FAYETTEVILLE -- Take-home kits with art supplies and loaner laptops will help some students complete the final weeks of the University of Arkansas, Fayetteville spring semester, an associate dean said Friday.
Public universities throughout the state have either suspended in-person classes or announced a date to do so this month because of concerns about the spread of the coronavirus. The largest private universities and the state's two biggest two-year colleges have taken similar action.
For many college students, remote instruction will begin Monday. Faculty members and administrators described the power of online learning technology while also noting its limitations. They also said they are responding to concerns about whether students can access the tools they need to learn.
"All the faculty have polled their students, do they have a laptop, can they access any type of digital interaction? We're deploying laptops to students that need them and iPads, and purchasing more as necessary," said Jeannie Hulen, associate dean in the UA-Fayetteville J. William Fulbright College of Arts and Sciences and a professor of ceramics in the UA School of Art.
"Our highest priority is the student with the least amount of access," Hulen said. UA-Fayetteville classes move to remote instruction Monday through the spring semester, which ends with finals May 4-7. The suspension of in-person classes was announced Thursday. The UA-Fayetteville spring break is March 23-27.
University of Arkansas at Fort Smith Chancellor Terisa Riley said the university would help students with any technology access problems, "whether that's use of a device or access to a computer lab," if the university moves to remote teaching.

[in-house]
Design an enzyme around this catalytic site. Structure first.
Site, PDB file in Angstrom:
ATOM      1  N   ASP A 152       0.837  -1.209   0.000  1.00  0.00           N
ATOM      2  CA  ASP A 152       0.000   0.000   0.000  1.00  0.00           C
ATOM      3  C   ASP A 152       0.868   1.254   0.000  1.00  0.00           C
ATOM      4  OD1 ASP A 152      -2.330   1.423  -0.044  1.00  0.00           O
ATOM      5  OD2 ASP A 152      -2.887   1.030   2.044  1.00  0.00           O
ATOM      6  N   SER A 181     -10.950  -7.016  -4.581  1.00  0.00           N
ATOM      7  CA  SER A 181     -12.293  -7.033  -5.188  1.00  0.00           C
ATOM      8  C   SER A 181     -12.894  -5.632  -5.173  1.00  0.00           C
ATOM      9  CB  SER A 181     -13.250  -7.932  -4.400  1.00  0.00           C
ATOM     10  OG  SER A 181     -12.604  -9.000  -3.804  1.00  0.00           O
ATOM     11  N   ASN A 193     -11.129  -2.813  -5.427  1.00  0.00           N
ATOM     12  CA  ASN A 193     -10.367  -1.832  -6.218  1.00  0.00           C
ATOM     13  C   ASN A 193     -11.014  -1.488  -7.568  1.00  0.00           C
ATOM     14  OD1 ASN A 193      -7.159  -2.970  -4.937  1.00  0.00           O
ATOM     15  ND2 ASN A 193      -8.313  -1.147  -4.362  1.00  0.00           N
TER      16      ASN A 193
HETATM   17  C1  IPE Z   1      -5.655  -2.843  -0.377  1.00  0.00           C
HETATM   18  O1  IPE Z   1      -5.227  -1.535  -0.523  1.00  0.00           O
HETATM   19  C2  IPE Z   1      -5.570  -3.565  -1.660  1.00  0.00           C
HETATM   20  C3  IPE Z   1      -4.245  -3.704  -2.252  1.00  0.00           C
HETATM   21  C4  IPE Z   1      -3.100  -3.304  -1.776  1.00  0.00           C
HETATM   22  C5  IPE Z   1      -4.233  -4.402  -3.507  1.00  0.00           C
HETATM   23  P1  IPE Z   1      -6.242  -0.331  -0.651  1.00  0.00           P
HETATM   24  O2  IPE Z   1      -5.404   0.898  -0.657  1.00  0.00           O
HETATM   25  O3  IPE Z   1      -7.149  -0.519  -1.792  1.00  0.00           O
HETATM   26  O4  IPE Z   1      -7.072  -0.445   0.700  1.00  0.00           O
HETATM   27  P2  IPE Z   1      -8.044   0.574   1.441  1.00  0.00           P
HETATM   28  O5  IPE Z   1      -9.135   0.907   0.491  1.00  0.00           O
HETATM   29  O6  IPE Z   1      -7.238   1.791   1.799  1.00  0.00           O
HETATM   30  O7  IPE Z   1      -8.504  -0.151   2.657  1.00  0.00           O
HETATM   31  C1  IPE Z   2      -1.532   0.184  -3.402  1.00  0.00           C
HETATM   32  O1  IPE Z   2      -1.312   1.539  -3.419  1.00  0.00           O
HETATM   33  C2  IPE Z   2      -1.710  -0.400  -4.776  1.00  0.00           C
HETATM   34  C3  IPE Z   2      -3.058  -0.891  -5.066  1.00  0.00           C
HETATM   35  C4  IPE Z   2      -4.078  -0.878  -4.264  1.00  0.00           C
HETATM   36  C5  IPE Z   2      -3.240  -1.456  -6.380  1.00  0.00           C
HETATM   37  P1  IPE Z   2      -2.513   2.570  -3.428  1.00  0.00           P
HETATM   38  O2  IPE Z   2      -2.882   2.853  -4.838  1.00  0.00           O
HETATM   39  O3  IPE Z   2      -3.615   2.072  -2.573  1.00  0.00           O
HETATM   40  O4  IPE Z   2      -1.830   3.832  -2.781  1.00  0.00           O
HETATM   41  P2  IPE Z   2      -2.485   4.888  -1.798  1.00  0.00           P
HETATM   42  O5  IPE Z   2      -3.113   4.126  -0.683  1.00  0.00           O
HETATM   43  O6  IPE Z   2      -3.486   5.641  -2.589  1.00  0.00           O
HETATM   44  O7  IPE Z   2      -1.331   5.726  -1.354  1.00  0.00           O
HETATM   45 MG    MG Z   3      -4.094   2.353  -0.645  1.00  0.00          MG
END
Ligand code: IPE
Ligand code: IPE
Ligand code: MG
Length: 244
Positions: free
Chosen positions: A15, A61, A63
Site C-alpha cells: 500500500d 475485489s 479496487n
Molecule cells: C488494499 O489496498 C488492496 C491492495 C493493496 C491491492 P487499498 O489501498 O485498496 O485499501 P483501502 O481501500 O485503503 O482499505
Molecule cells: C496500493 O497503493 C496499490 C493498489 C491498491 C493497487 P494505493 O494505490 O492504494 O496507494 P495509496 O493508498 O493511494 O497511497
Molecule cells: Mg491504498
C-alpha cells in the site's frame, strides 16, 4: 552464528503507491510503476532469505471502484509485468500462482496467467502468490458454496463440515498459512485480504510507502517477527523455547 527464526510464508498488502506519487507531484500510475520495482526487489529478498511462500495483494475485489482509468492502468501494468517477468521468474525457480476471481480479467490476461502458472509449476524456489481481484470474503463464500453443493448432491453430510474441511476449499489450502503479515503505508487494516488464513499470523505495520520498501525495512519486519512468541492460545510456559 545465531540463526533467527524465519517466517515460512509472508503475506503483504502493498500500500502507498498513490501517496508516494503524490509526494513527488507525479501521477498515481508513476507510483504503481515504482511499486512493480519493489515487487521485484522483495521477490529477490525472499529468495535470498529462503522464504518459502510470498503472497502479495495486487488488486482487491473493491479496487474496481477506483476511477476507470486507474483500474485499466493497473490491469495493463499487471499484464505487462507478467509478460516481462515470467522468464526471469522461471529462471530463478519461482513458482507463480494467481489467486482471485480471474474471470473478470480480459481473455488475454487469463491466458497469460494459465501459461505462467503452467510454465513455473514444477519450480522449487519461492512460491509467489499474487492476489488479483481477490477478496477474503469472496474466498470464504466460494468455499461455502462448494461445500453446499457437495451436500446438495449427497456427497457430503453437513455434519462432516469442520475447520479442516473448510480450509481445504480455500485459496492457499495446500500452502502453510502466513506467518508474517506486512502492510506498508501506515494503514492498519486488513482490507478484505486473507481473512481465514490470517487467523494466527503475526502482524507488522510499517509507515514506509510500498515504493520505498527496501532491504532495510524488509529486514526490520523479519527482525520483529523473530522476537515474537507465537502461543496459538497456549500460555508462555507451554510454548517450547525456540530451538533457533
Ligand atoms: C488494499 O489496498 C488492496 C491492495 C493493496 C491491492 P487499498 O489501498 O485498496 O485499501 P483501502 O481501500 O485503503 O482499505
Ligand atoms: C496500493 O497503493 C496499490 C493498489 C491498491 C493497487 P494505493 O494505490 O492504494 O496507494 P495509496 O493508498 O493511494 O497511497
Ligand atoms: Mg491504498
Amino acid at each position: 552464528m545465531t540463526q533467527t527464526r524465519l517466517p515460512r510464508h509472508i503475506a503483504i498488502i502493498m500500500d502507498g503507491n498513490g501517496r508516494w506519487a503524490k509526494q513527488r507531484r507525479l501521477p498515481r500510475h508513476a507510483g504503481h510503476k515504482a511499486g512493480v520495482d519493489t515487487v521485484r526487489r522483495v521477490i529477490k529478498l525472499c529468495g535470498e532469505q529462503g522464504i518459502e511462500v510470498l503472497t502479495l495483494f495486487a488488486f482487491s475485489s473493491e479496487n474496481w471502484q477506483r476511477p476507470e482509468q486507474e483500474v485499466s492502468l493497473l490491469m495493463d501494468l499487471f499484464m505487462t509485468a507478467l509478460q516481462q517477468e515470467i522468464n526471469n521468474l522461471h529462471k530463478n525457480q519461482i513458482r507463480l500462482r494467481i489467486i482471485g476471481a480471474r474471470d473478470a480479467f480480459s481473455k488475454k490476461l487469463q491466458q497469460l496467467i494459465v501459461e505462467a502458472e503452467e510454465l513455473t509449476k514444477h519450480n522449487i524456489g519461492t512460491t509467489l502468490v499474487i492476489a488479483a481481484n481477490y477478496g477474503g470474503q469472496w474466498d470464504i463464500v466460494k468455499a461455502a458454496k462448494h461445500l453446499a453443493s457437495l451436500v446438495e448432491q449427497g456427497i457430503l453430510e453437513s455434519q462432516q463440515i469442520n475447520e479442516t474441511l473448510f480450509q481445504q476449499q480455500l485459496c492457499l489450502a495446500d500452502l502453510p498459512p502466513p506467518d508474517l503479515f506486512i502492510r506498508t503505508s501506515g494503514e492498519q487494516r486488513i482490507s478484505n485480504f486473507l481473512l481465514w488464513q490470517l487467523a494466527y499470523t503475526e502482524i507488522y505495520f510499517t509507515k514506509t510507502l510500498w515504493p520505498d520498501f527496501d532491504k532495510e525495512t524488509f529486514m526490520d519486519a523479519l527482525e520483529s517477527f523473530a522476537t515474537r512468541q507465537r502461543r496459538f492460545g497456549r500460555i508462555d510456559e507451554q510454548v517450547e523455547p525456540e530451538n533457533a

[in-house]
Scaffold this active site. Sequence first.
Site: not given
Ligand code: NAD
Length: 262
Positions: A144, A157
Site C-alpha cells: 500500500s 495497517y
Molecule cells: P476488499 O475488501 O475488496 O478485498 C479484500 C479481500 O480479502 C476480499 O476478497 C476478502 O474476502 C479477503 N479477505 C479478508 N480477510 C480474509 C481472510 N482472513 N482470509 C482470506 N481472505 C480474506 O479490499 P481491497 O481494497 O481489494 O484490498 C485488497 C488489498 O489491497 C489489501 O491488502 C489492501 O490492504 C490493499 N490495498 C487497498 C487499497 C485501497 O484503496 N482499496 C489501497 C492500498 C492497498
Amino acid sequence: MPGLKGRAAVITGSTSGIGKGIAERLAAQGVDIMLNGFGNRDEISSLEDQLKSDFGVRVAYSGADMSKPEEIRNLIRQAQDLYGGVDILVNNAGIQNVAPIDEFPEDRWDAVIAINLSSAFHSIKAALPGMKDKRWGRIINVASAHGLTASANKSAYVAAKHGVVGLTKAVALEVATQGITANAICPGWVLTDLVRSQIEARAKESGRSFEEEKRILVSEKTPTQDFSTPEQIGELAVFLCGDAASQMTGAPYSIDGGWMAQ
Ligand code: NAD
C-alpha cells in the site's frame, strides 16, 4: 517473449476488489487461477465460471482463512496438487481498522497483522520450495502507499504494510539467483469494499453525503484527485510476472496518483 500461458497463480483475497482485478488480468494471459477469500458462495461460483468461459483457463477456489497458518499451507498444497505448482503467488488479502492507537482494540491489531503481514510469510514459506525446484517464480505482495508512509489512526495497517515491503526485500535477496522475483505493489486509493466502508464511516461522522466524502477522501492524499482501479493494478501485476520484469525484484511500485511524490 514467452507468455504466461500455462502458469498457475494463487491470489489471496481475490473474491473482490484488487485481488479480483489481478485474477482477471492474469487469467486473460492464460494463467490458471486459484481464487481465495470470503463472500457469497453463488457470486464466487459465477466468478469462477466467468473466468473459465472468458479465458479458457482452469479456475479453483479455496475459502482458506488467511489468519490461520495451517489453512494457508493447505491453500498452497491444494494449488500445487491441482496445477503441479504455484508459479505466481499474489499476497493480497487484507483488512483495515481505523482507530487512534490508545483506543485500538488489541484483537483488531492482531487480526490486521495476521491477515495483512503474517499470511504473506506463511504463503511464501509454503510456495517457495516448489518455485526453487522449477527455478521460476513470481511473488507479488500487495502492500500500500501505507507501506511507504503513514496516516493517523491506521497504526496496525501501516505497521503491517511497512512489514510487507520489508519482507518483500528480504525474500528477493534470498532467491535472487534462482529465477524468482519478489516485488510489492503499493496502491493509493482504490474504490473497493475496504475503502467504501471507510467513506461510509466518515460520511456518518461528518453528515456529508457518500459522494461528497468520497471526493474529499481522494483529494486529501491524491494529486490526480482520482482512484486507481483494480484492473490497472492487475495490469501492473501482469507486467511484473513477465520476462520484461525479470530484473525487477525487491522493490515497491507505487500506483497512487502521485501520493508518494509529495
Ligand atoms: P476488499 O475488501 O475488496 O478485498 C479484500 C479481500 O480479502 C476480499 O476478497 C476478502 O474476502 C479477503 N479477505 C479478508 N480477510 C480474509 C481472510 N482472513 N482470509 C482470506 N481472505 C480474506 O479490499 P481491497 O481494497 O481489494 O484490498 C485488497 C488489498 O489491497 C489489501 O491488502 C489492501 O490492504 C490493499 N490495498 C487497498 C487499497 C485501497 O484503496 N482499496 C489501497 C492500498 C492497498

UA-Fort Smith announced Friday the suspension of on-campus classes through next week and through its scheduled spring break March 23-27, with an announcement scheduled for March 26 about whether classes will resume in-person or online beginning March 30.
Like many universities, UA-Fort Smith uses what's called a learning management system, a type of online application that allows for each course taught to have a "course shell" that can then be filled with various types of teaching content provided by instructors, Riley said.
Through the shell, students access course materials in an application called Blackboard, Riley said. Technology allows for online video and discussion, she said.
"Truly, you can have a very similar environment online to an in-class environment," Riley said.
Fran Hagstrom, chairman of the UA-Fayetteville faculty senate and an associate professor of communication sciences and disorders, said Blackboard allows for custom presentation of material, depending on a student's needs.
"You can actually individualize tests and you deliver those in Blackboard in a very individual way, so if I have someone who has a hearing impairment, I could deliver the test in a different visual modality," Hagstrom said.
In a statement, Laura James, director of the UA-Fayetteville Center for Educational Access, said "we are in the process of communicating with faculty and students on how to facilitate accommodations during this transition."
The number of students registered to receive some type of academic accommodation has generally been increasing in recent years, UA officials have said. Data released in 2018 by the university showed 2,879 students registered with the educational access center in calendar year 2016, when the university's fall enrollment was 27,194.